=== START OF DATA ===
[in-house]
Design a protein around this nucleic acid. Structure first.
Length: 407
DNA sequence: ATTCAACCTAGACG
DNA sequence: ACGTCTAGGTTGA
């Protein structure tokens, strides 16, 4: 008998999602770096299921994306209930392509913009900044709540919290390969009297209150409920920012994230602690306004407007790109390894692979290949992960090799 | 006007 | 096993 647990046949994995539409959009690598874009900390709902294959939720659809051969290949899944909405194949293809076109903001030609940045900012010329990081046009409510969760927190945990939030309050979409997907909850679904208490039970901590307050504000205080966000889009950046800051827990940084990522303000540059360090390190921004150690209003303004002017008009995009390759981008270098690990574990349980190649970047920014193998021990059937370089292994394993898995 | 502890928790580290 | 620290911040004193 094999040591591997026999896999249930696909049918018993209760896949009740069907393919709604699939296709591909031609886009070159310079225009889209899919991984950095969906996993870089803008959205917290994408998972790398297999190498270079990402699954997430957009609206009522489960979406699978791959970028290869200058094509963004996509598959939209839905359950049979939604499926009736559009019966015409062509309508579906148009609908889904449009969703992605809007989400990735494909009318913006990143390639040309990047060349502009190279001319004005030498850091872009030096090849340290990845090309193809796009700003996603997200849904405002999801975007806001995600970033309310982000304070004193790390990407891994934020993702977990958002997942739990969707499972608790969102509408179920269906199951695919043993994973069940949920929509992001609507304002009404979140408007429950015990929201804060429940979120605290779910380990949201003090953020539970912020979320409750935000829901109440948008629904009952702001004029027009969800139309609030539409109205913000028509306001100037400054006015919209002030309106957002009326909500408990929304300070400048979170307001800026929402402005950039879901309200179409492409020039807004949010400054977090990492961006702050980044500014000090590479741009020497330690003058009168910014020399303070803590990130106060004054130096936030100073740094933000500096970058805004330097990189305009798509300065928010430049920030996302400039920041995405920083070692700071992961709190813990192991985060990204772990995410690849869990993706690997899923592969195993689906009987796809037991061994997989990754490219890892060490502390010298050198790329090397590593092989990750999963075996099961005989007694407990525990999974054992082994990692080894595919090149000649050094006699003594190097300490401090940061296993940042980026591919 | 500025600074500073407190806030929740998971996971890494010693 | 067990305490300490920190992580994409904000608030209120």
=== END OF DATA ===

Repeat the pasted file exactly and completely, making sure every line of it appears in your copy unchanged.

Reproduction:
[in-house]
Design a protein around this nucleic acid. Structure first.
Length: 407
DNA sequence: ATTCAACCTAGACG
DNA sequence: ACGTCTAGGTTGA
């Protein structure tokens, strides 16, 4: 008998999602770096299921994306209930392509913009900044709540919290390969009297209150409920920012994230602690306004407007790109390894692979290949992960090799 | 006007 | 096993 647990046949994995539409959009690598874009900390709902294959939720659809051969290949899944909405194949293809076109903001030609940045900012010329990081046009409510969760927190945990939030309050979409997907909850679904208490039970901590307050504000205080966000889009950046800051827990940084990522303000540059360090390190921004150690209003303004002017008009995009390759981008270098690990574990349980190649970047920014193998021990059937370089292994394993898995 | 502890928790580290 | 620290911040004193 094999040591591997026999896999249930696909049918018993209760896949009740069907393919709604699939296709591909031609886009070159310079225009889209899919991984950095969906996993870089803008959205917290994408998972790398297999190498270079990402699954997430957009609206009522489960979406699978791959970028290869200058094509963004996509598959939209839905359950049979939604499926009736559009019966015409062509309508579906148009609908889904449009969703992605809007989400990735494909009318913006990143390639040309990047060349502009190279001319004005030498850091872009030096090849340290990845090309193809796009700003996603997200849904405002999801975007806001995600970033309310982000304070004193790390990407891994934020993702977990958002997942739990969707499972608790969102509408179920269906199951695919043993994973069940949920929509992001609507304002009404979140408007429950015990929201804060429940979120605290779910380990949201003090953020539970912020979320409750935000829901109440948008629904009952702001004029027009969800139309609030539409109205913000028509306001100037400054006015919209002030309106957002009326909500408990929304300070400048979170307001800026929402402005950039879901309200179409492409020039807004949010400054977090990492961006702050980044500014000090590479741009020497330690003058009168910014020399303070803590990130106060004054130096936030100073740094933000500096970058805004330097990189305009798509300065928010430049920030996302400039920041995405920083070692700071992961709190813990192991985060990204772990995410690849869990993706690997899923592969195993689906009987796809037991061994997989990754490219890892060490502390010298050198790329090397590593092989990750999963075996099961005989007694407990525990999974054992082994990692080894595919090149000649050094006699003594190097300490401090940061296993940042980026591919 | 500025600074500073407190806030929740998971996971890494010693 | 067990305490300490920190992580994409904000608030209120």